In a statement of objections issued today (July 25), the Competition and Markets Authority (CMA) alleged that manufacturers Morningside and AMCo (now Advanz) and wholesaler Alliance Healthcare broke competition law by “arranging to carve up the market between them”.
The CMA alleged the companies agreed Alliance Healthcare would buy equal volumes of the antibiotic from both manufacturers, from 2014 until at least October 2017, so that they would not compete.
During 2015 and 2016, Morningside and AMCo also committed to supply nitrofurantoin exclusively to Alliance Healthcare, the watchdog added.
The CMA also alleged that AMCo disclosed sensitive pricing information to Morningside in 2014, with the aim of reducing competition between them.
“We’ve provisionally found that suppliers of this important antibiotic entered into arrangements with the aim of keeping nitrofurantoin capsule prices artificially high, meaning the NHS wouldn’t benefit from the lower prices that come from effective competition,” CMA senior director of antitrust Ann Pope said.
The findings set out in the CMA’s statement of objections are provisional, and will be investigated further before conclusions are drawn, the watchdog stressed.
“Prices didn't fall as expected”
Nitrofurantoin, which is a prescription-only medicine, is used to treat urinary tract infections, such as cystitis. The CMA investigation focused on both the 50mg and 100mg capsule forms.
Until mid-2014, AMCo was the sole UK provider of nitrofurantoin, before Morningside entered the market. However, the usual price fall that is expected when a new competitor begins to supply a drug was not observed at this time, the CMA said.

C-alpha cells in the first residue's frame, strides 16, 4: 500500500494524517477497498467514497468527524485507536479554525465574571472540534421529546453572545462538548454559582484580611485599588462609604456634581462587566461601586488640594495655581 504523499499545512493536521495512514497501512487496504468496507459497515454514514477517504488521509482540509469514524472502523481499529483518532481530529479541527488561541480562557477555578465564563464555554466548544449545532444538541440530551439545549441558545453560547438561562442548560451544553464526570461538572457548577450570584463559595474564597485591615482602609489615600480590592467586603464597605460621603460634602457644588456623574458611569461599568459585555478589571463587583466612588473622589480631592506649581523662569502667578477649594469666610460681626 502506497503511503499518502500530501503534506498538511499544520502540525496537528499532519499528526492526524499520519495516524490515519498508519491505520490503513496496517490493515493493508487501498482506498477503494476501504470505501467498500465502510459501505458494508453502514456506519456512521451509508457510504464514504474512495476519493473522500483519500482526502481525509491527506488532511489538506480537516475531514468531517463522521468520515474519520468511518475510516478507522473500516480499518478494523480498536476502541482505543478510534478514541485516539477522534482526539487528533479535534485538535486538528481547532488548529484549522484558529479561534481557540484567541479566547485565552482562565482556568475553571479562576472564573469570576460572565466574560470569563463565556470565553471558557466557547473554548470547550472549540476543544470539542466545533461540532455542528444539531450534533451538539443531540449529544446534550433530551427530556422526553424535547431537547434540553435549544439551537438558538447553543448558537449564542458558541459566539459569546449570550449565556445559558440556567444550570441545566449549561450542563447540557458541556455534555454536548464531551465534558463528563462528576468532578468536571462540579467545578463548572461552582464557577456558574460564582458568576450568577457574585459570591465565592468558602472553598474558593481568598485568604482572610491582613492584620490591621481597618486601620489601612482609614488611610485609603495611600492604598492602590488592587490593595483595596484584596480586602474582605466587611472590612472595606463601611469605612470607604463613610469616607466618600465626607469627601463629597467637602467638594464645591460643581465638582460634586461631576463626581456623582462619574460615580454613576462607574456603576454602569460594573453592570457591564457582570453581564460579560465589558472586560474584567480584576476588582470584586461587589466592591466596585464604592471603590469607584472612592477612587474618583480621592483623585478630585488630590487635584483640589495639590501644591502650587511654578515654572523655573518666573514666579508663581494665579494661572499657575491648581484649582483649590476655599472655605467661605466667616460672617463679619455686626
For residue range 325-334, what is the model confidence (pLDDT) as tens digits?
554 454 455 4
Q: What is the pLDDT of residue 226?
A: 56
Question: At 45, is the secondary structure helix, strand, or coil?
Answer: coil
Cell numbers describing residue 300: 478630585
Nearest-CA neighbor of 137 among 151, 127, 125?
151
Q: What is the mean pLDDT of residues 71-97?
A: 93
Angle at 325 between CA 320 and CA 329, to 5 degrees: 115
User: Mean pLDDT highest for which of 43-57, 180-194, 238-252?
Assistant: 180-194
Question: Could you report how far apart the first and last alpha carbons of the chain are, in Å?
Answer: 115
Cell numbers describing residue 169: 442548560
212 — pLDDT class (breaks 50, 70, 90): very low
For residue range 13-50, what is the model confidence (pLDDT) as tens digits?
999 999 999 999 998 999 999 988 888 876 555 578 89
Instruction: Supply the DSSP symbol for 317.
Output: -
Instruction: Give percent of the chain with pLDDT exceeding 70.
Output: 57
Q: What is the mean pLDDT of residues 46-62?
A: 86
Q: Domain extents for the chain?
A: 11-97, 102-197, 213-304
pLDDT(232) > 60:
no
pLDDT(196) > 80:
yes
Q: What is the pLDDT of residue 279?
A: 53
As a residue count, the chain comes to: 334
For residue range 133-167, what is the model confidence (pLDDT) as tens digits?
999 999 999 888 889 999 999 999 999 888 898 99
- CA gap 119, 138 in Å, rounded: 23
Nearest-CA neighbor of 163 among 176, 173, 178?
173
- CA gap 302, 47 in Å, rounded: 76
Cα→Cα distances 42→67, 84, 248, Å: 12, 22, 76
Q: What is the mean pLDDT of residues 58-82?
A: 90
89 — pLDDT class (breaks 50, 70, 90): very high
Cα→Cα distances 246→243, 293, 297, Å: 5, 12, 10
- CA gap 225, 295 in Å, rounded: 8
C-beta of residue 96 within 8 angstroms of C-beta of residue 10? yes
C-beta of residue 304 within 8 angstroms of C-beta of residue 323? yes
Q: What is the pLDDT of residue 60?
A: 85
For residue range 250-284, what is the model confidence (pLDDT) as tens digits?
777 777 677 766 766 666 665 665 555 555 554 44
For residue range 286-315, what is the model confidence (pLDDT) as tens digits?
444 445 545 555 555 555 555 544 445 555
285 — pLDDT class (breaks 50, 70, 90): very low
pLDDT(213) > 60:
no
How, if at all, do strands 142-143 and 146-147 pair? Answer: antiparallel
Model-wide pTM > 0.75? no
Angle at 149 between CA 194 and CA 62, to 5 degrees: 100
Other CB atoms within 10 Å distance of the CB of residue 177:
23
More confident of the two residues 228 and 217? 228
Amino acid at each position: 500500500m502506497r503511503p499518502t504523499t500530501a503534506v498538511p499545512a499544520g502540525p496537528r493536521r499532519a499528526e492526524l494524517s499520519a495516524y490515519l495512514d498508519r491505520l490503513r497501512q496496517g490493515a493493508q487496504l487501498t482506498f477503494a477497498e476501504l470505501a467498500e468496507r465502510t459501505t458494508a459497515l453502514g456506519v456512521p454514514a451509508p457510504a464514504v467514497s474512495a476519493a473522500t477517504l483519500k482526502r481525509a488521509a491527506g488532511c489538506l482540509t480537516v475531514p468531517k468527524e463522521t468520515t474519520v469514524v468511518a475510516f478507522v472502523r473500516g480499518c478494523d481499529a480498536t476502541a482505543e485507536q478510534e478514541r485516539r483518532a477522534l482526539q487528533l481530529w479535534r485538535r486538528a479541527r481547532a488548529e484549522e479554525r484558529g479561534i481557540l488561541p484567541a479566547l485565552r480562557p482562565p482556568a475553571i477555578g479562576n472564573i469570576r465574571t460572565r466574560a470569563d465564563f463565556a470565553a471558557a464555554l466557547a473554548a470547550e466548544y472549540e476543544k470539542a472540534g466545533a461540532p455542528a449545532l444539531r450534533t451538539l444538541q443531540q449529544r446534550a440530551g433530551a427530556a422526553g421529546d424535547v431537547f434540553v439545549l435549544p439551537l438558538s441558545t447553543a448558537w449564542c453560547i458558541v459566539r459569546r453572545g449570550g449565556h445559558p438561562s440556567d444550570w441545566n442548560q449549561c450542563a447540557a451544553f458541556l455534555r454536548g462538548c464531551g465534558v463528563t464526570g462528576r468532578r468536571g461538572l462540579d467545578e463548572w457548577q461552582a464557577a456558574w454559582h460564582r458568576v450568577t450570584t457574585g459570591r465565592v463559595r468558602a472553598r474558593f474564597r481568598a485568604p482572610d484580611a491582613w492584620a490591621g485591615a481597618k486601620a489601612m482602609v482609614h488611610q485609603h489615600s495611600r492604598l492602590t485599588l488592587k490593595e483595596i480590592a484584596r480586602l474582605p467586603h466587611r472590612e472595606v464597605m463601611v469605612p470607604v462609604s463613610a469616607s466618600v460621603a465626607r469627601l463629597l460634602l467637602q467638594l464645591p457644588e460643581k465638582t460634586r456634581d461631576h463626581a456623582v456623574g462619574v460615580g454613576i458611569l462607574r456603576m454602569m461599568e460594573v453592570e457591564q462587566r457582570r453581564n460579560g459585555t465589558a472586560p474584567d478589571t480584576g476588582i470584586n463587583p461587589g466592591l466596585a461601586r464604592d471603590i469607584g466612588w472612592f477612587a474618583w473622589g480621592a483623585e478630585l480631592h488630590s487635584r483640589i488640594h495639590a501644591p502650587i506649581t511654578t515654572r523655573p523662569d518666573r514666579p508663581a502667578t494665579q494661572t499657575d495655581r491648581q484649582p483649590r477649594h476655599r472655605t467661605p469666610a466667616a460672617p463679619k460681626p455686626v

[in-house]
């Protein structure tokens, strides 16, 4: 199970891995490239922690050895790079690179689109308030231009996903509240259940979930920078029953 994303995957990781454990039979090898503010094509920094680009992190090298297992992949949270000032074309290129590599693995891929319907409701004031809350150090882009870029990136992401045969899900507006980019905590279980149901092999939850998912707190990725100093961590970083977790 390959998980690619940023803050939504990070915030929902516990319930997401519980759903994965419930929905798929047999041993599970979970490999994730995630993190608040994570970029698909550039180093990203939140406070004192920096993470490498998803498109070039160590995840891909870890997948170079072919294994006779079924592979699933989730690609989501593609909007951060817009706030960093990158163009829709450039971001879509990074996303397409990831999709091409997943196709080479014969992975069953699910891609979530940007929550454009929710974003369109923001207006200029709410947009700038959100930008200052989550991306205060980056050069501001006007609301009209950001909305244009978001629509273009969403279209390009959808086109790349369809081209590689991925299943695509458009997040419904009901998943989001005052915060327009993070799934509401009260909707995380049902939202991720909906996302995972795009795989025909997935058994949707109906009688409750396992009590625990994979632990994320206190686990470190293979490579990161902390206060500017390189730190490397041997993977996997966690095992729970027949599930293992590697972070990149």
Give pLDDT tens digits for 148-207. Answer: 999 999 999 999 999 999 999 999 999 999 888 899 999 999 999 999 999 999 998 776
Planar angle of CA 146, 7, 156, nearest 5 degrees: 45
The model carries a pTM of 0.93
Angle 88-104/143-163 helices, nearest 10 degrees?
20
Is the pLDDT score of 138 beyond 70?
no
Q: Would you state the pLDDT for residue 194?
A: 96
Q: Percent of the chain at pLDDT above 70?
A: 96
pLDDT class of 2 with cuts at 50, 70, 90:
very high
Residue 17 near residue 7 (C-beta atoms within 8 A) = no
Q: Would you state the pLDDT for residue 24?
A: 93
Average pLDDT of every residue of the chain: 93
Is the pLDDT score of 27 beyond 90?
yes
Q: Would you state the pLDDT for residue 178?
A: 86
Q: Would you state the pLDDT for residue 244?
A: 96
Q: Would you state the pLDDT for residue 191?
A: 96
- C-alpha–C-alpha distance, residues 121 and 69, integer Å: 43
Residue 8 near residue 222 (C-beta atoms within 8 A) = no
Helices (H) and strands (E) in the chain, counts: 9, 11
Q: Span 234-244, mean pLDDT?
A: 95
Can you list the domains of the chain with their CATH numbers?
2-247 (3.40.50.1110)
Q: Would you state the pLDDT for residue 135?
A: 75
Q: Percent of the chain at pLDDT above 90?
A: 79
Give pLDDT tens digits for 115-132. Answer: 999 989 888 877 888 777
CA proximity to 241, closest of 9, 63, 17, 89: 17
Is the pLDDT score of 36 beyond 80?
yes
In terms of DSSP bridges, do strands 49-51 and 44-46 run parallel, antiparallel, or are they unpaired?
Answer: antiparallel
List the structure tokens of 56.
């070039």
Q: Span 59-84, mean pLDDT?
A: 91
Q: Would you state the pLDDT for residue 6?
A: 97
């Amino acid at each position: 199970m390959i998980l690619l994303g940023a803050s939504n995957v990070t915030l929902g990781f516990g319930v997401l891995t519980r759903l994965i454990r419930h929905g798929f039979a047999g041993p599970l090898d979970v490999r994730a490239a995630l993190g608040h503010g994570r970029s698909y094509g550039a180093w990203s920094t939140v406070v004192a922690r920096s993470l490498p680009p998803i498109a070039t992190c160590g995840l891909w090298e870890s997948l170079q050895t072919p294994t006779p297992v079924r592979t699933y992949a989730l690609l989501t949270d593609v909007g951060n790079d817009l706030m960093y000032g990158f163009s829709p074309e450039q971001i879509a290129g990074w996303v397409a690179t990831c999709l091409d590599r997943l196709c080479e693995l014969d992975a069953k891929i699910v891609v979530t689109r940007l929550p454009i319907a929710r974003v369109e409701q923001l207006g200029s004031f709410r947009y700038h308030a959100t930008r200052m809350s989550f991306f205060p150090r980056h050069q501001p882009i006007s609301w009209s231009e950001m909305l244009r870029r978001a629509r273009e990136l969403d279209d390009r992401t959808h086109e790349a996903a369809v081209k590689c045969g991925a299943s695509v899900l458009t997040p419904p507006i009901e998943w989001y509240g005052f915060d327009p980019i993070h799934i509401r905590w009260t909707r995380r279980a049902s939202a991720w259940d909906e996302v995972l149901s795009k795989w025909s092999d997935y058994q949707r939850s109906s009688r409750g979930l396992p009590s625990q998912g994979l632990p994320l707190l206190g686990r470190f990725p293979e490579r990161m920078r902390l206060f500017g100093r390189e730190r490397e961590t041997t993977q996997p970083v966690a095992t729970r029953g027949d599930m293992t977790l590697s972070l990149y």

“Drug companies that break competition law risk forcing the NHS and UK taxpayers to pay over the odds for important medical treatments,” Ms Pope added.
In a statement issued to C+D, Alliance Healthcare said it “takes note” of the CMA allegations, but said it “does not believe that competition law has been infringed”.
“We take competition law very seriously...and will review the CMA's provisional position”. It plans to respond “in detail” to the allegations and defend its position, while “working constructively” with the watchdog.
Manufacturer Advanz – which was formally known as Concordia – acquired the antibiotic from manufacturer Cinven, as part of its acquisition of AMCo in 2015. It said the allegations “include matters that pre-date our ownership of the medicine”, but also does not believe competition law has been infringed.
“We are committed to ensuring continued access to high quality, niche-established medicines for patients in the UK,” Advanz told C+D.
“We will review the CMA's prelimary position and plan to respond in detail as we continue to work constructively with the CMA.”
Morningside “strongly refutes” the CMA's allegations, but said it will “continue to work constructively with it to demonstrate Morningside’s commitment to patient choice and a competitive market”.